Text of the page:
Inside Housing scooped three awards at the British Journalism Awards for Specialist Media last night, including one for a reporter whose first official morning on the job was the day of the Grenfell Tower fire.
The trade magazine won Publication of the Year, while news editor Peter Apps (pictured) won Journalist of the Year and business reporter Luke Barratt triumphed in the Built Environment category.
The publication has gained recognition for its ongoing coverage of tower blocks and fire safety, both leading up to and following the Grenfell Tower tragedy on 14 June last year which led to the deaths of 72 people.
The judges said: “Inside Housing is the exemplar of a tough B2B title which knows its patch well and does not pull its punches.
“It led the way on exposing issues around fire safety in tower blocks, sticking with the story both before the mainstream media became interested in it and after it had largely lost interest.
“It has performed a huge service to tower block residents across the country and completely owned the Grenfell Tower story.”
However Apps told Press Gazette he was unable to feel totally celebratory: “What happened is so horrible you can’t just be objectively happy about winning an award. I still feel a mix of anger and sadness.”
At the time of the Grenfell Tower disaster, Apps had been at Inside Housing for four years, and its news editor for six months.
He said Inside Housing had already chosen fire safety and tower blocks as a campaigning issue following the Lakanal House fire in south London in 2009 which killed six people.
Apps said: “I remember the morning of Grenfell really well. I remember seeing the images of the tower block on fire and knowing, given that I had reported on Lakanal, that this was already a catastrophe that was going to change everything, both in the social housing sector and in the country… We had an intense feeling of responsibility as an organisation.”
Apps added the Inside Housing team felt the “need to hold to account the people who were responsible for it, and provide the rigour”.
He said the young news team “went overnight from being the tiny weirdos who write about Right to Buy” to being a much more well known and respected source.
“We just wanted to hit it and build up sources and get scoops,” Apps added.
“It’s [Grenfell’s] been a bit of an obsession for anyone who’s worked at Inside Housing. I sat there throwing up stories on the web and wondering if anyone’s noticing and it’s nice to get recognition for that.”
Apps was praised by the judges for “consistently and doggedly” leading the way on exposing the scandal around fire safety in tower blocks, and flagging up the issue of flammable panels before the Grenfell Tower tragedy.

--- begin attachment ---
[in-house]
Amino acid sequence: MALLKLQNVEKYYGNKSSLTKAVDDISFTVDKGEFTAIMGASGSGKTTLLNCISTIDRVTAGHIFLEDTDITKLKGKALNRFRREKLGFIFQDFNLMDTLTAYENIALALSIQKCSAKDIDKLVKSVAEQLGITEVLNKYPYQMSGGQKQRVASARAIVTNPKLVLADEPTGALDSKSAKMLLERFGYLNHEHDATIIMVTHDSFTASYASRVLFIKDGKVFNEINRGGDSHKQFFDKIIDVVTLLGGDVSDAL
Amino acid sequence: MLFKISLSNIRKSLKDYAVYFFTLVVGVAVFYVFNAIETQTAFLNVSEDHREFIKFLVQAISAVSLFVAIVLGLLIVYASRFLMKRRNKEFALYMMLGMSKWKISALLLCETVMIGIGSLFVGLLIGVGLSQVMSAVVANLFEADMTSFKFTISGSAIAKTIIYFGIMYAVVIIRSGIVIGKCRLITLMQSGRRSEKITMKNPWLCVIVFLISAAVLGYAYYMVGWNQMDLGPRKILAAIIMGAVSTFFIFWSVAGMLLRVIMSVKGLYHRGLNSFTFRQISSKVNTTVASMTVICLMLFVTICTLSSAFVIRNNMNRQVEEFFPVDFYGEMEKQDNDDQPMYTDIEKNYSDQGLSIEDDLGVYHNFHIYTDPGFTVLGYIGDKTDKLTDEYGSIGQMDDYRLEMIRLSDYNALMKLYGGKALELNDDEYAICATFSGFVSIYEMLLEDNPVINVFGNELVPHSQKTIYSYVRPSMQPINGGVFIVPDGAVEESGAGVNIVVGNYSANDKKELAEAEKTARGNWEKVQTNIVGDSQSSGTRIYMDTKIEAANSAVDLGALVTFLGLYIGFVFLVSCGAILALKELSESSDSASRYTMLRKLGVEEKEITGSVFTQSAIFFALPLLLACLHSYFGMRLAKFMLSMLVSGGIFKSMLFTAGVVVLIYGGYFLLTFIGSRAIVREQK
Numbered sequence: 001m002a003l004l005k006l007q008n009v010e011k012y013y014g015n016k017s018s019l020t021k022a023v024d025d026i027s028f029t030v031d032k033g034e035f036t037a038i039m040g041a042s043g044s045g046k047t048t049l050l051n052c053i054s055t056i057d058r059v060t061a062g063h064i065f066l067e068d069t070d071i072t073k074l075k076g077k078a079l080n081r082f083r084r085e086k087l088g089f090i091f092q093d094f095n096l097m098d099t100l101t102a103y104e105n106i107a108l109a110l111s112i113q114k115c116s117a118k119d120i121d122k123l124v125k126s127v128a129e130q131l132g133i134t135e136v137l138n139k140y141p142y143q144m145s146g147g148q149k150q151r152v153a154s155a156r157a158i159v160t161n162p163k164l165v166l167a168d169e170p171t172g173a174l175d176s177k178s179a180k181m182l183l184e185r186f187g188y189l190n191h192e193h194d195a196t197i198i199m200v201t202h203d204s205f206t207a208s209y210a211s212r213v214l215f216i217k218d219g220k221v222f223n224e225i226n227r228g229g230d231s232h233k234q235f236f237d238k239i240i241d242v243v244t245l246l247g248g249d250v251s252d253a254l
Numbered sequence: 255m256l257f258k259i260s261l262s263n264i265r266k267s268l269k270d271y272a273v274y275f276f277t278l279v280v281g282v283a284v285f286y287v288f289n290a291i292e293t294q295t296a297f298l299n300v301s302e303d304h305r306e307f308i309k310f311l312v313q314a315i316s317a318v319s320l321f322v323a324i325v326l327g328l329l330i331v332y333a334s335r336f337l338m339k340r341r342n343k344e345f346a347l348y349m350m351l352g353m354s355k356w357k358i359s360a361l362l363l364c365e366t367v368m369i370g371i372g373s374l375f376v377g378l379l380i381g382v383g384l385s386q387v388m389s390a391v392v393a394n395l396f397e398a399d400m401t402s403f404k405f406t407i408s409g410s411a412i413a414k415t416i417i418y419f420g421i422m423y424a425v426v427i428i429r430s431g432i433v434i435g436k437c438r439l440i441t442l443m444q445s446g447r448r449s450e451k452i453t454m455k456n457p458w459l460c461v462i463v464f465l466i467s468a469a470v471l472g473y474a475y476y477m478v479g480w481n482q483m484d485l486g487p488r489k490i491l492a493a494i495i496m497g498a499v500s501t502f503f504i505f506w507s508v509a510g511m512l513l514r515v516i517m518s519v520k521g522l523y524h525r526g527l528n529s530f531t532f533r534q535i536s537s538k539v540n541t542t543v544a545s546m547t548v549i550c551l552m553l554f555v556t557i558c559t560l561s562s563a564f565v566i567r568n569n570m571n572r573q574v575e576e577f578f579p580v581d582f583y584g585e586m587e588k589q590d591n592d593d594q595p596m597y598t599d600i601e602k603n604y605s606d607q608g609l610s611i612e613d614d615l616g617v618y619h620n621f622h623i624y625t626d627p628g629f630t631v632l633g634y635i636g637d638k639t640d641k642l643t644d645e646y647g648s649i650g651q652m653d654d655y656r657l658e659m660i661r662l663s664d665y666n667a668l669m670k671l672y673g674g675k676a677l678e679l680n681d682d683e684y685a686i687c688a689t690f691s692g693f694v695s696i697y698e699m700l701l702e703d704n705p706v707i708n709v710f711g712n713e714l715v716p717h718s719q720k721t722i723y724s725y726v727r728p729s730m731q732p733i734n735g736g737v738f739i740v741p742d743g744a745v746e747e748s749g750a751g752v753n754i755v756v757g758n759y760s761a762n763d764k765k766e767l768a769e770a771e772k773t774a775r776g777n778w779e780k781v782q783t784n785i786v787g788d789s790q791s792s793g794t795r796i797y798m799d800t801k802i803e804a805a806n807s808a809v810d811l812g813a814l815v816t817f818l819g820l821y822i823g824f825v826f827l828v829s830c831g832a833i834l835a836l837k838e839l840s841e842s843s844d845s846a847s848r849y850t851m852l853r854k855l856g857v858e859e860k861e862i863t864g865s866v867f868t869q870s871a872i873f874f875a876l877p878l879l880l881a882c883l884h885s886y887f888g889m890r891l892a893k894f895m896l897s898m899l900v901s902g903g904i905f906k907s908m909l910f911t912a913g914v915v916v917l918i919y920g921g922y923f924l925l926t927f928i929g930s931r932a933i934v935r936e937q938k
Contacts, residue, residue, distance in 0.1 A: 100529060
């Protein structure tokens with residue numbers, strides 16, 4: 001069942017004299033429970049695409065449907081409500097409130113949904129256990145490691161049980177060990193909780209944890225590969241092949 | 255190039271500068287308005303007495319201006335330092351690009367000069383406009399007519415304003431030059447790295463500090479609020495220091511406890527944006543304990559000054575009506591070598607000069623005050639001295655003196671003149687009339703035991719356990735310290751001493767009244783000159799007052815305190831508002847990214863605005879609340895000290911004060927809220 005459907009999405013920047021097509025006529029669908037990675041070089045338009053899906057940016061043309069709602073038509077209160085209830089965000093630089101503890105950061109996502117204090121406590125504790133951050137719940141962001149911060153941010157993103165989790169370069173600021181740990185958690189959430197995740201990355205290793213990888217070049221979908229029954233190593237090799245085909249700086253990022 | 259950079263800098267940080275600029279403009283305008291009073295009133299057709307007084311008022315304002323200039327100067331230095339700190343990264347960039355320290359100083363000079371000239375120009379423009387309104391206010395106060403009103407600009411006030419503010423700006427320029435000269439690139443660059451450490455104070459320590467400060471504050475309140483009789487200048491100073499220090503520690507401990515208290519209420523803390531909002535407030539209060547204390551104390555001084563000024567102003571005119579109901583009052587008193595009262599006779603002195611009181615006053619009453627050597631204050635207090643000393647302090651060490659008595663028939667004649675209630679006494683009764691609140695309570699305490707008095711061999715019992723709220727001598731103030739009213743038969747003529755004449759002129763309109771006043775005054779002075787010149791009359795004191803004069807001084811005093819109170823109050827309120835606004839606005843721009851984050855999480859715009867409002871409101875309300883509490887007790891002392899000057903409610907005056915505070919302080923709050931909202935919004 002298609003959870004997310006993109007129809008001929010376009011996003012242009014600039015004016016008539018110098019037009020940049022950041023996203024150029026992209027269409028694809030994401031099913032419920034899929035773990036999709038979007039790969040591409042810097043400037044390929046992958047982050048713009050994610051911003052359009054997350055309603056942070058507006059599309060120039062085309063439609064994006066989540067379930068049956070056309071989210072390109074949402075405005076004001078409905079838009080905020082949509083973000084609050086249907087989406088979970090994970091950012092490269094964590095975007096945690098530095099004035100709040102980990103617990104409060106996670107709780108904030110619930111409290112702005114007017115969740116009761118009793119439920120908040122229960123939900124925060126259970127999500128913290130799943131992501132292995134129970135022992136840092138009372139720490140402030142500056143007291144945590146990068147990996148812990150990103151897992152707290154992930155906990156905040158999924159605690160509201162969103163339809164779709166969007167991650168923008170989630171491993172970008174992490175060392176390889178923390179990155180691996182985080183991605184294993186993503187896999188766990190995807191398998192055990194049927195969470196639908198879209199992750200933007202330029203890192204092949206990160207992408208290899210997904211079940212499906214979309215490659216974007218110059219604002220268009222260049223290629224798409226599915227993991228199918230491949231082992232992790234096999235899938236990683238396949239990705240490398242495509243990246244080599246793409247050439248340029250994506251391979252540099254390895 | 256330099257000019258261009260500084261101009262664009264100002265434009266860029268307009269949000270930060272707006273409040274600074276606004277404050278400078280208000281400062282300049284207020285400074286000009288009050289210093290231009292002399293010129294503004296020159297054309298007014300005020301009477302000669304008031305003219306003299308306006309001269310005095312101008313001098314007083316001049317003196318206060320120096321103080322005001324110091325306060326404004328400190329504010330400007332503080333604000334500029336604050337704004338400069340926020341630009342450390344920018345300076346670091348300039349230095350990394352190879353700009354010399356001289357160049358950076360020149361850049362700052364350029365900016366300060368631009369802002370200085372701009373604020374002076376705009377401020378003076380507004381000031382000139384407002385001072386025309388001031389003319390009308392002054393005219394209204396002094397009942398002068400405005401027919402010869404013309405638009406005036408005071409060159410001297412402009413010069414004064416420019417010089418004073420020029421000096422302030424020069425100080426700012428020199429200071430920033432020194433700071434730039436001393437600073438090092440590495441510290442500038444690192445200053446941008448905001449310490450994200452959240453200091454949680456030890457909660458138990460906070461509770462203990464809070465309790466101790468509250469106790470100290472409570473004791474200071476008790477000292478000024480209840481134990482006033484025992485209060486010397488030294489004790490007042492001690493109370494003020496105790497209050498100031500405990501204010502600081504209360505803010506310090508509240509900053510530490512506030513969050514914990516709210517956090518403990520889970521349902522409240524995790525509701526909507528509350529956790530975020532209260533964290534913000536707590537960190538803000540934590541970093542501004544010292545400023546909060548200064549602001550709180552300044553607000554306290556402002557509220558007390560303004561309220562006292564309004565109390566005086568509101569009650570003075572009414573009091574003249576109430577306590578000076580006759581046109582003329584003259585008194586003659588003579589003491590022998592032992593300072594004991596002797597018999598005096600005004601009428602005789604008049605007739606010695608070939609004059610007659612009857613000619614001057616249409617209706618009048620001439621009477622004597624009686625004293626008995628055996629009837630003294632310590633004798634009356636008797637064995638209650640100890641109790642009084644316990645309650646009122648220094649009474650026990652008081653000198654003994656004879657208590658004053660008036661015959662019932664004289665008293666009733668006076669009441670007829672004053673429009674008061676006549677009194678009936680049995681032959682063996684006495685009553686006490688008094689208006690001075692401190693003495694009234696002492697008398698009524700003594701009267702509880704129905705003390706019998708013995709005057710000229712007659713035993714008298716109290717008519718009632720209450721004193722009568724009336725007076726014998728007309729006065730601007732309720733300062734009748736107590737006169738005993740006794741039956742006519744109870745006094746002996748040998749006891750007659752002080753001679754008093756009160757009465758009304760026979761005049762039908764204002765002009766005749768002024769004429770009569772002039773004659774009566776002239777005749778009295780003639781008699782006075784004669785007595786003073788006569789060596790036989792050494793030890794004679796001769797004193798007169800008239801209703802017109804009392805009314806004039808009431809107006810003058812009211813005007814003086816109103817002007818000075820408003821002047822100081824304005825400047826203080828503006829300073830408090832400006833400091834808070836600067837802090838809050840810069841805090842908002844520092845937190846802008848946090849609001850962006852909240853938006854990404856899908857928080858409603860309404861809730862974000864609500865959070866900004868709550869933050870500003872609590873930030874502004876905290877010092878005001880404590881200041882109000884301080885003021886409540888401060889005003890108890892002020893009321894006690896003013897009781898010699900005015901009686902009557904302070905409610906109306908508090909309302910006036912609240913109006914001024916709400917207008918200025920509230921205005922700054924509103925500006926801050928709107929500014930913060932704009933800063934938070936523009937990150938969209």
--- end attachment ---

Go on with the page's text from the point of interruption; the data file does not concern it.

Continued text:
He paid credit to everyone on Inside Housing whose work supports the person whose name is on the byline, from designers to sub-editors, saying being named Publication of the Year gave recognition to the whole team.
Judges said Inside Housing had “performed a huge service to tower block residents across the country and completely owned the Grenfell Tower story”.
Barratt told Press Gazette his first contracted day with Inside Housing – his first full-time job in journalism – was the day of the Grenfell Tower fire.
“It was pretty obvious from the start that it was going to be our biggest story for the foreseeable future – even today it’s still our biggest story,” he said.
“We are still writing about it. It’s something we all take very seriously.”
However Inside Housing was not only recognised for its Grenfell Tower coverage, with Barratt winning for stories including “The court battles over Section 106 delivery.”
The story examined a housing association which had been accused of selling properties on the open market instead of as affordable housing, as they had been designated.
“I exposed that they were working not just in Southwark where they were accused of it but in eight other London boroughs as well,” Barratt said.
“We had really good news last week – the regulator said they were non-compliant. That’s following our investigation.”
Judges said Barratt’s entry stood out in the high-quality Built Environment category due to the “quality of his writing, the depth of his research and the size of the importance of the targets picked for his investigations”.
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